Policies that Address Sustainable Landscaping Policies that Address Sustainable Landscaping...

download Policies that Address Sustainable Landscaping Policies that Address Sustainable Landscaping Practices

of 9

  • date post

  • Category


  • view

  • download


Embed Size (px)

Transcript of Policies that Address Sustainable Landscaping Policies that Address Sustainable Landscaping...

  • CIR1519

    Policies that Address Sustainable Landscaping Practices1 Marisa Romero and Mark E. Hostetler2

    1. This document is CIR1519, one of a series of the Department of Wildlife Ecology and Conservation, UF/IFAS Extension. Original publication date May 2007. Reviewed March 2020. Visit the EDIS website at https://edis.ifas.ufl.edu for the currently supported version of this publication.

    2. Marisa Romero, graduate assistant; and Mark E. Hostetler, wildlife Extension specialist and associate professor; Department of Wildlife Ecology and Conservation; UF/IFAS Extension, Gainesville, FL 32611.

    The Institute of Food and Agricultural Sciences (IFAS) is an Equal Opportunity Institution authorized to provide research, educational information and other services only to individuals and institutions that function with non-discrimination with respect to race, creed, color, religion, age, disability, sex, sexual orientation, marital status, national origin, political opinions or affiliations. For more information on obtaining other UF/IFAS Extension publications, contact your county’s UF/IFAS Extension office. U.S. Department of Agriculture, UF/IFAS Extension Service, University of Florida, IFAS, Florida A & M University Cooperative Extension Program, and Boards of County Commissioners Cooperating. Nick T. Place, dean for UF/IFAS Extension.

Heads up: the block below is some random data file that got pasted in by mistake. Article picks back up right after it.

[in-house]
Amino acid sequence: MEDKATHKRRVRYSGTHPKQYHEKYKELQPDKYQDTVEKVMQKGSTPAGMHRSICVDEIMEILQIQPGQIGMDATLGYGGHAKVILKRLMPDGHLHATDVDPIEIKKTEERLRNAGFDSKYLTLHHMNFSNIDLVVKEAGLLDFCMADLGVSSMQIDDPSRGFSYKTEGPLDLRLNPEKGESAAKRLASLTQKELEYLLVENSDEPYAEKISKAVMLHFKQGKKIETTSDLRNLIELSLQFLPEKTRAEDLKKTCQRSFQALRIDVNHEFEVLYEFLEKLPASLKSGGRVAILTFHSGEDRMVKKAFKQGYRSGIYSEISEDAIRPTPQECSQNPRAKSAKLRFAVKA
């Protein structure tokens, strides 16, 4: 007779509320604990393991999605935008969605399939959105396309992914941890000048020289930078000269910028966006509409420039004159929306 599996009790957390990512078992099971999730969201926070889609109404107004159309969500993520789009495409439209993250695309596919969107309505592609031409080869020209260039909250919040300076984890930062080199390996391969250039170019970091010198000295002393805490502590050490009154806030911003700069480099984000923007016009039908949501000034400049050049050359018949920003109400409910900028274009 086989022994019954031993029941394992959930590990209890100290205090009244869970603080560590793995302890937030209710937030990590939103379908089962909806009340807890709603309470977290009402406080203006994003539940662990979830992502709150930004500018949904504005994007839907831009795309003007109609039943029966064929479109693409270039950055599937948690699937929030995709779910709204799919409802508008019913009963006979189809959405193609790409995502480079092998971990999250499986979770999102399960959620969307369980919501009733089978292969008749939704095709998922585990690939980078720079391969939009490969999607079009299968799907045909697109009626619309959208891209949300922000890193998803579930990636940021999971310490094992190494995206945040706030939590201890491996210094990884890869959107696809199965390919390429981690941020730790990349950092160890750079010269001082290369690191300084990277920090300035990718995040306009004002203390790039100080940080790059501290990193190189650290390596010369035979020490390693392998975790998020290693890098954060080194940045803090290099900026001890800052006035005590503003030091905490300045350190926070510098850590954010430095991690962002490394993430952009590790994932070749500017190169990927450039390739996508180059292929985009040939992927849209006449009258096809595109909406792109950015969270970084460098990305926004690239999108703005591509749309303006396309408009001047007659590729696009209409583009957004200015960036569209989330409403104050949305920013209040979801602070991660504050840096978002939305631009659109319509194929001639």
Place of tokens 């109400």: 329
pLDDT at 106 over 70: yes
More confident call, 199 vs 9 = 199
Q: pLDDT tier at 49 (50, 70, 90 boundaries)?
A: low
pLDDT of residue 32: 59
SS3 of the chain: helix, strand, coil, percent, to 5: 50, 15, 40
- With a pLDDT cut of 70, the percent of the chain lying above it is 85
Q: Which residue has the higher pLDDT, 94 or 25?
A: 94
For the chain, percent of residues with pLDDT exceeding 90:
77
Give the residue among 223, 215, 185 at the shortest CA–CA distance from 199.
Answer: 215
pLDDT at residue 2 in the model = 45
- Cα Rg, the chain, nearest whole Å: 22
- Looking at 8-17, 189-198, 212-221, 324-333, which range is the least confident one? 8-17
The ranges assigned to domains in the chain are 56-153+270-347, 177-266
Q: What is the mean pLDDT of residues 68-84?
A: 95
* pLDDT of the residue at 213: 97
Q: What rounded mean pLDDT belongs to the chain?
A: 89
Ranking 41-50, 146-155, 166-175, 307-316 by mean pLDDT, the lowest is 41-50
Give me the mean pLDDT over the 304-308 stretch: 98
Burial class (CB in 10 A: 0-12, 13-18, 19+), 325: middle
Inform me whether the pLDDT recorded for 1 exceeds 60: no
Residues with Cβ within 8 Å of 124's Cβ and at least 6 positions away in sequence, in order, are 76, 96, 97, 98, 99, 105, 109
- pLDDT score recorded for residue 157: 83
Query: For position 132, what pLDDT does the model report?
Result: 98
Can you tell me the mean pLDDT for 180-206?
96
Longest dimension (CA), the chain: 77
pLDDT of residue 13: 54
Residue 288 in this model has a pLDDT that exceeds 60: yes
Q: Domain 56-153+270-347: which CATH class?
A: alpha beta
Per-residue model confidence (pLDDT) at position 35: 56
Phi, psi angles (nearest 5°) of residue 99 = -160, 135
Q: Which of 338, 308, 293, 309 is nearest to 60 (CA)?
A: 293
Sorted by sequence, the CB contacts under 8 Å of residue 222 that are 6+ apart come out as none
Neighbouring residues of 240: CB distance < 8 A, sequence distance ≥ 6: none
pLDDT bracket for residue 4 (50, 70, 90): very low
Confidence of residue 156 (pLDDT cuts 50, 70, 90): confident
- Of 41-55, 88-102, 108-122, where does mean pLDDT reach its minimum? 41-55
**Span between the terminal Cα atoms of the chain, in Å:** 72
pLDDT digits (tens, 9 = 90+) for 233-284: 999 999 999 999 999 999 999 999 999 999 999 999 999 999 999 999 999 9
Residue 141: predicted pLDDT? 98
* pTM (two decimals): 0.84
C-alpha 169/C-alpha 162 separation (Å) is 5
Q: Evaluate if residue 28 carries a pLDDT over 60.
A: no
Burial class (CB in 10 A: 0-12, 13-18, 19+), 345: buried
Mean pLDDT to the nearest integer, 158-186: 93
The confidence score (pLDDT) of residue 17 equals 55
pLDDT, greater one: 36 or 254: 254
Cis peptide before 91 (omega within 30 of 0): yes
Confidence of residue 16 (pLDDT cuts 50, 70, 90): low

Policies of local governments can play a major role in creating opportunities for sustainable practices. In addition, governments can take the lead in sustainable planning and development in designing public facilities or govern- ment office buildings according to sustainable design standards. By taking the lead in crafting unique policies and implementing ways for government to reduce energy consumption or negative environmental impacts, a local government can initiate small changes that will lead to a sustainable community.

    The purpose of this document is to compile and summarize city and county ordinances that provide incentives or regulations to promote sustainable development at the landscaping level. City or county officials can use this document to aid in drafting sustainable development policies for their local area. The goal of this document is to increase knowledge and awareness of current policies and ordinances developed around the theme of sustainable development and conservation.

    The cost of maintaining a landscape for a year averages $500 or more including pesticides, fertilizers, water, and mowing. The pollution created from a gas-powered mower in one year is equivalent to a car driving 14,000 miles (Chiras and Wann 2003, 29). In order to gain any freedom from all the expenses and environmental impacts, creating a lawn with few chemicals and with native plants helps reduce the need to water and frequently use mowers (Chiras and Wann 2003, 57).